The "Long Man of Wilmington, Sussex, UK", photo courtesy of my friend the Hudster.
I wrote my friend Hud, author of West of Soho to tell him that I would be spending the weekend in Wilmington before I left home on Friday. He wrote back that he had no idea where Wilmington is located, but that there is a Wilmington in Sussex that is home to the Long Man of Wilmington, an image carved into the chalk on a hillside there.
Tonight at dinner, my niece was sad to say that one of her friends was moving from Wilmington soon. When I asked where she would be living, my niece replied that the friend would be moving back to Wilmington, Delaware. I thought how confusing that would become for the friend who would have to constantly explain that she meant North Carolina or Delaware when talking about her location. I was reminded as well of Wilmington, California, located in the Los Angeles metro area, near Long Beach. I am sure there are others, but I just don't know where they are. Despite that, I suspect that Wilmington in Sussex was probably the original source of the place name.
I used to think that the town of Lisbon, the former county seat of Sampson County in North Carolina was named after Lisbon, Portugal. As it turned out, it was actually named after the Irish town of Lisburne. Situated near the confluence of the Six Runs River and the Black River, the town of Lisbon had twenty-seven stores along the banks of the river at the turn of the 20th century. By 1927, a railroad that was built into Clinton, NC, spelled the death of river trade and Lisbon literally disappeared from the face of the earth. There is little to no evidence left that it ever existed. Even those who live in Sampson County know of Lisbon Street, but few know that Clinton replaced Lisbon as the seat of county government and trade in the early 1900's.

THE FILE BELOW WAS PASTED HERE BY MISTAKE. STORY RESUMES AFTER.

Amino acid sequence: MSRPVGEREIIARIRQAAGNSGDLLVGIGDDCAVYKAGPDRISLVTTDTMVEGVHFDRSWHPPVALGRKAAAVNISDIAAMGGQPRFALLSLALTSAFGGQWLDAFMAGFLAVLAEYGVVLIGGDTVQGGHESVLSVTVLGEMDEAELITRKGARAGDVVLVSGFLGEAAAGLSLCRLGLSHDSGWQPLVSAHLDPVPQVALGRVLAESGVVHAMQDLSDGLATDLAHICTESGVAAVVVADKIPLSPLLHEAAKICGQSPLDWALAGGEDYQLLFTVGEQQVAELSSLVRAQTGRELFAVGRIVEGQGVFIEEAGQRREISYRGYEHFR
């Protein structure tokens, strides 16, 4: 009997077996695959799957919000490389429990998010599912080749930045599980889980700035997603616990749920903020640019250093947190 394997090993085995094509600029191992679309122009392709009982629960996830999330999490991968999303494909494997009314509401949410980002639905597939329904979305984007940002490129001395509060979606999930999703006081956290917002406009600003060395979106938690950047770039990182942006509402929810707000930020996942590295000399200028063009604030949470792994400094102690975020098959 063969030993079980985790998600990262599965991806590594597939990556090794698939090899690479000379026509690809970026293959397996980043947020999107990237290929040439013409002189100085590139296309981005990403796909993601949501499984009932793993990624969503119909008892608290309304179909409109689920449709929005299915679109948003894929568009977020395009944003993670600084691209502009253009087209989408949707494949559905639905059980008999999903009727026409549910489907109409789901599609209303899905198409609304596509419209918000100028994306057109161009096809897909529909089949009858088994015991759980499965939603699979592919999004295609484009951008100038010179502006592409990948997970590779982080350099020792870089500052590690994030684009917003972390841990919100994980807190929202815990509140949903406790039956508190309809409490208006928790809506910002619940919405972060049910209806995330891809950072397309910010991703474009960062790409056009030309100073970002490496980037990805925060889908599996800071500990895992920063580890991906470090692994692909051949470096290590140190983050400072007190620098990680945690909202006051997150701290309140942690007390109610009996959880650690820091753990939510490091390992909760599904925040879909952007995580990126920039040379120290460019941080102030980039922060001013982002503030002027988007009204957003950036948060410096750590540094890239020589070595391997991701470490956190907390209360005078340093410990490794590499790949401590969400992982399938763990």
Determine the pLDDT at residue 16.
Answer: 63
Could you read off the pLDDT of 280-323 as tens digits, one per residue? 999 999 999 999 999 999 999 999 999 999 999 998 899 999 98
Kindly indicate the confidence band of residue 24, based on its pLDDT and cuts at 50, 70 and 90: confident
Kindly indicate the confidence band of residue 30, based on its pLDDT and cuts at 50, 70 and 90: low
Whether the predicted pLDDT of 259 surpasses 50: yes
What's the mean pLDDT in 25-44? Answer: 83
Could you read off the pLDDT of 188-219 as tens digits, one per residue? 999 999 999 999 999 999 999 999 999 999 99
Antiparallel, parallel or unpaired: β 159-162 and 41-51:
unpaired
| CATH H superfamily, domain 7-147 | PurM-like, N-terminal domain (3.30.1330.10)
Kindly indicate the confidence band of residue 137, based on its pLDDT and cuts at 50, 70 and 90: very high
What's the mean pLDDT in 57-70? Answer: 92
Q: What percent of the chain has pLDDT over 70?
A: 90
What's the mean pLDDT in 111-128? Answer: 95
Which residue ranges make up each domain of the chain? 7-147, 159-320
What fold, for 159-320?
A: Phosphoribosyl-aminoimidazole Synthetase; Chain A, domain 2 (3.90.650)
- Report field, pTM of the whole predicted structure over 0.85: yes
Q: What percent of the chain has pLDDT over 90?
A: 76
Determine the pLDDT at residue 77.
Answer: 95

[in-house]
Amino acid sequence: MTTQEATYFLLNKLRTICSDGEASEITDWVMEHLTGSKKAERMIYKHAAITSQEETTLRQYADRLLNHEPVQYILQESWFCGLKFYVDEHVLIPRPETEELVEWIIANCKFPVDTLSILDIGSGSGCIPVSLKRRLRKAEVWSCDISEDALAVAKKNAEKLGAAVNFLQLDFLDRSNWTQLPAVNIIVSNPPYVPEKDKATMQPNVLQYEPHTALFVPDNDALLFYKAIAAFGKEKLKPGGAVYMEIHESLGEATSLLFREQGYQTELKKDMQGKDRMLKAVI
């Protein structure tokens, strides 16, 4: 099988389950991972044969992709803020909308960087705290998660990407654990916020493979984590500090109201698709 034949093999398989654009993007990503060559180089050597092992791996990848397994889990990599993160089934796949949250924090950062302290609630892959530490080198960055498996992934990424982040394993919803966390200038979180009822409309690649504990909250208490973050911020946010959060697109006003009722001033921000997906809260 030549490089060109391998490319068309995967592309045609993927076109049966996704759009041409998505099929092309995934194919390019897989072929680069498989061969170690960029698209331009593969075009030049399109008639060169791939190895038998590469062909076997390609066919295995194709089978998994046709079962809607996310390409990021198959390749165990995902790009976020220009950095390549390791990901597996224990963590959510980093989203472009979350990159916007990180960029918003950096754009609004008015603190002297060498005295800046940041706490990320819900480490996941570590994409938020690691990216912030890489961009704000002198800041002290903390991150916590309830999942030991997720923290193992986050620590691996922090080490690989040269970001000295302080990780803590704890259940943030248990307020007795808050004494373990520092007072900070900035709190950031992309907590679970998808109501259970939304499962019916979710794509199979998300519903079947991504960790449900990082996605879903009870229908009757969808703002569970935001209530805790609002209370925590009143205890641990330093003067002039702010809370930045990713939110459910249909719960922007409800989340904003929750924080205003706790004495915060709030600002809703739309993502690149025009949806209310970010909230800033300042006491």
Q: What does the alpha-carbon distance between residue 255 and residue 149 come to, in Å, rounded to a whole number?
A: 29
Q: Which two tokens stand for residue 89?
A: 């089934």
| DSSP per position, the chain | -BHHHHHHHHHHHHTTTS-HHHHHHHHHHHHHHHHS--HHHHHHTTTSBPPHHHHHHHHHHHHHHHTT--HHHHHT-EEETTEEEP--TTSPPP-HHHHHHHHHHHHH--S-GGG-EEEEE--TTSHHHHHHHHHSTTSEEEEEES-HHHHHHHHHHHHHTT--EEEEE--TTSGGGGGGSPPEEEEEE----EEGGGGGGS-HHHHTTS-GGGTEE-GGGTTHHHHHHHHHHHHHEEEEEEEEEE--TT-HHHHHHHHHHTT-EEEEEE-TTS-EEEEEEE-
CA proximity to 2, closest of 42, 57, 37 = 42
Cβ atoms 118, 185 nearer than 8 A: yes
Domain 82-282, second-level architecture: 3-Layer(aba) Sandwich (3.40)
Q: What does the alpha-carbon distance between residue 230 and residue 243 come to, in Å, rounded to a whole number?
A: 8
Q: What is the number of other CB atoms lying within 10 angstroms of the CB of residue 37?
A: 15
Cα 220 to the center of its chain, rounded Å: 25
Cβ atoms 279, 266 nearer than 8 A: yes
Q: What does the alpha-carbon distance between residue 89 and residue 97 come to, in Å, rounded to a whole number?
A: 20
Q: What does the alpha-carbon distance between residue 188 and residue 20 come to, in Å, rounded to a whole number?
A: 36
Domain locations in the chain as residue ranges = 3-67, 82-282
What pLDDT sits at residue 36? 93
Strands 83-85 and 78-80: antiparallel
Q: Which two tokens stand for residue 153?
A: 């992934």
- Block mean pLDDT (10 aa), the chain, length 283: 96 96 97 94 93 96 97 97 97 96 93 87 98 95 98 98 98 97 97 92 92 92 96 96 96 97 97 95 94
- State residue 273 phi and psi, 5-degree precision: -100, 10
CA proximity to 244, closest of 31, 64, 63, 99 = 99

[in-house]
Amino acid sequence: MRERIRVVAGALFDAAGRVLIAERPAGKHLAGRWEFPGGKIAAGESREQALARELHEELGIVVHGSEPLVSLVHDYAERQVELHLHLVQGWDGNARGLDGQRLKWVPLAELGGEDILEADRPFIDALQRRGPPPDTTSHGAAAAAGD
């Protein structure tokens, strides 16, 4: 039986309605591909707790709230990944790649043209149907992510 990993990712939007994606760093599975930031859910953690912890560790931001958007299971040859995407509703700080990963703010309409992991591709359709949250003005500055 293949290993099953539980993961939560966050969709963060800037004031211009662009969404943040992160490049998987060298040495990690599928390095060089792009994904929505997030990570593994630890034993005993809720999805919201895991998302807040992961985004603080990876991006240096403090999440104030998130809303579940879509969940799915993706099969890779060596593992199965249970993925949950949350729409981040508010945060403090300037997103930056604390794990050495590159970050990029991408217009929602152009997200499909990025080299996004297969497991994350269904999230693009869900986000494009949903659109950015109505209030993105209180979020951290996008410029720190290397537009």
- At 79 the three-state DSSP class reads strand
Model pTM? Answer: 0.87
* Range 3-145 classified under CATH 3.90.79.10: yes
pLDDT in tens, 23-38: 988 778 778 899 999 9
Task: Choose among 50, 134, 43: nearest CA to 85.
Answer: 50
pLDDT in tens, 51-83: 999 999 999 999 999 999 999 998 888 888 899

Place names and linguistic quirks are favorite interests for me. About the only thing that catches my ear more quickly is a personal name that has been corrupted by linguistic quirks. As an example, my dad's uncle was named Alfonsal, a variation of Alfonso. He was called Fonsal by the people who knew him.
I find this pretty interesting, but it can be that not everyone would agree. Strange how local color can take many forms, "itnit"?
Categories: Wilmington North+Carolina Delaware California Sussex UK The+Long+Man+of+Wilmington linguistics placenames local+color